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DOT, FMCSA target high-risk motorcoach carriers in safety crackdown

Skid marks from a tour bus are seen Monday, Feb. 4 after the bus, background, collided with two other vehicles and crashed Sunday, killing at least eight people and injuring 38, on Highway 38 just north of Yucaipa, Calif. (AP Photo/Reed Saxon)

The Trucker Staff

2/14/2013

WASHINGTON — Transportation Secretary Ray LaHood and FMCSA Administrator Anne Ferro Thursday said the agency would undertake a targeted safety crackdown using specially trained investigator teams that will focus on high-risk motorcoach companies.

The announcement comes in the wake of numerous accidents over the past two years involving tour bus operators, capped by two accidents within a six-week period in which 17 people died and numerous others were injured.

LaHood and Ferro said Federal Motor Carrier Safety Administration inspectors and auditors will undergo specialized training aimed at investigating key areas of operations at motorcoach companies deemed to be high risk carriers.

These operations are unique to the motorcoach industry, such as operating schedules, equipment storage and driver qualifications (including evaluating the impact of part-time drivers who may work for more than one bus operator), among other safety concerns.

Since many tour bus operators have not been subjected to enough inspections to have a Compliance, Safety, Accountability BASIC score, a source with knowledge of the crackdown said the FMCSA would mine additional data to identify high-risk carriers, including a review of carriers’ modes of operation, such as the number of buses used and the number of drivers employed.

The source said the agency had also urged state and local law enforcement officials to be more diligent in monitoring the actions of motorcoaches on the roadway, write tickets for all violations and report those tickets to federal authorities.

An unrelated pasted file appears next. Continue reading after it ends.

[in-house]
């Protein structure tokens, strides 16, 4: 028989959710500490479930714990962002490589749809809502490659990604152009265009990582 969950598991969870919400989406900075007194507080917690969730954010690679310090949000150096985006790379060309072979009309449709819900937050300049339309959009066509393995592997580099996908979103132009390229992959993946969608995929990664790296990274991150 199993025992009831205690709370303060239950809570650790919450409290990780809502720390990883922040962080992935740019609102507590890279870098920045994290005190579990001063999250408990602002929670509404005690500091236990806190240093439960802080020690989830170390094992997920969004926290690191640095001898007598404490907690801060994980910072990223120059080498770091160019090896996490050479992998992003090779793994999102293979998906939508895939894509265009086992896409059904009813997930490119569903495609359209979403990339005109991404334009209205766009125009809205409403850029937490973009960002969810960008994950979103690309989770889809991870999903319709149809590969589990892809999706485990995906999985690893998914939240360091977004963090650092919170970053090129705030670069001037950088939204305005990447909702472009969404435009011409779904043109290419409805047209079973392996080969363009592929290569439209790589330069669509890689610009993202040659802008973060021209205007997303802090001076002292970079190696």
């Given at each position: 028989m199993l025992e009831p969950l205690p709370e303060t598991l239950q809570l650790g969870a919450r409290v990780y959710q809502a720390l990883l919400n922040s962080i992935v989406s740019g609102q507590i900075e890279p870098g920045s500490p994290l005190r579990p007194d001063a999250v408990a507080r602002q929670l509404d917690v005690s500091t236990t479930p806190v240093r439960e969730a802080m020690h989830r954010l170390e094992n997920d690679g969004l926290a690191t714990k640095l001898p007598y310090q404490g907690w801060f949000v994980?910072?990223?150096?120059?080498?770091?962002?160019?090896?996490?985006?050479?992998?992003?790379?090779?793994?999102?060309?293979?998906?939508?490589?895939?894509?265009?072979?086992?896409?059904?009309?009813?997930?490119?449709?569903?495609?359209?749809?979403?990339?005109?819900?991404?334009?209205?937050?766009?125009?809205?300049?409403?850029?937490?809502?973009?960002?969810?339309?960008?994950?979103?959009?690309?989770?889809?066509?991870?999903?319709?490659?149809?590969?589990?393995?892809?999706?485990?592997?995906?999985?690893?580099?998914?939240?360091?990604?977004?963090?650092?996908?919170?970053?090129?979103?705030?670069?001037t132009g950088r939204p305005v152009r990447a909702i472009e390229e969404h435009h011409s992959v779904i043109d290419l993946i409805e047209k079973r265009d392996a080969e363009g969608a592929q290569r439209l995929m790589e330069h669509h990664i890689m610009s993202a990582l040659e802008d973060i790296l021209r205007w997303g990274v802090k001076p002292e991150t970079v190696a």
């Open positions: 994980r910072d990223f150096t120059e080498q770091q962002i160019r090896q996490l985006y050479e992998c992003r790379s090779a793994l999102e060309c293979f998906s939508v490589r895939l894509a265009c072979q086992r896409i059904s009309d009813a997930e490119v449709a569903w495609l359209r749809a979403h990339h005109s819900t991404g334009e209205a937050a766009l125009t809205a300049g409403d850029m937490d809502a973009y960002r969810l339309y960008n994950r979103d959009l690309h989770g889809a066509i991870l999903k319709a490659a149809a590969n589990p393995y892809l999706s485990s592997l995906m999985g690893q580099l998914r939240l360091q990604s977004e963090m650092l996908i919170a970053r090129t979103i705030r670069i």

Those violations would include speeding, following too closely, texting, using a handheld cell phone, impaired driving and unsafe lane changing.

Even when a bus is stopped, many officers are not adequately trained to inspect a bus, thus the specialized training, the source said.

Many motorcoach companies do not have BASIC scores because they frequently move pick-up and drop-off locations to avoid inspections. Federal law allows the inspection of a bus loaded with passengers only if an officer stops a bus for a moving violation.

The first wave of a national safety sweep will be carried out over the next two months by FMCSA safety personnel who will coordinate with state law enforcement partners on targeted bus company and vehicle inspections. 

"Our fundamental goal is to ensure the safety of passengers on our roadways and save lives," said LaHood. "We've seen the tragic consequences when motorcoach companies cut corners and do not make safety a top priority. With this goal at the top of our priorities, we can continue to raise the safety bar for the entire industry."

In light of the two recent motorcoach crashes, in San Bernardino, Calif. and eastern Oregon, LaHood and Ferro Thursday brought together key safety, industry and enforcement organizations to ask for their help and support in the department’s work to transform the safety culture throughout the motorcoach industry and expand efforts to educate the public and tour industry on safe motorcoach travel.

"Motorcoach safety is at the center of this agency’s radar," said Ferro. "While motorcoach travel is among the safest forms of roadway transportation today, it can and must be safer. The traveling public deserves no less.”  

As part of this new initiative, the FMCSA is conducting a top-to-bottom analysis of its current passenger carrier oversight system to look for opportunities to strengthen its authority and practices. 

FMCSA currently oversees the safety and compliance of 525,000 motor carriers, such as interstate buses, tractor-trailers and household goods movers.  These include more than 4,000 motorcoach companies responsible for over 700 million passenger trips annually.  With this large universe of carriers and only approximately 400 investigators, inspectors and auditors, FMCSA employs a combination of methods to identify safety risks and remove unsafe carriers from the road, including partnering with state and local law enforcement on inspections and conducting paperwork audits. 

The FMCSA urged consumers and whistleblowers to report any unsafe bus company, vehicle or driver to the agency through a toll free hotline at (888) 368-7238 or FMCSA's consumer complaint at http://nccdb.fmcsa.dot.gov/HomePage.asp.

The Trucker staff can be reached to comment on this article at editor@thetrucker.com.

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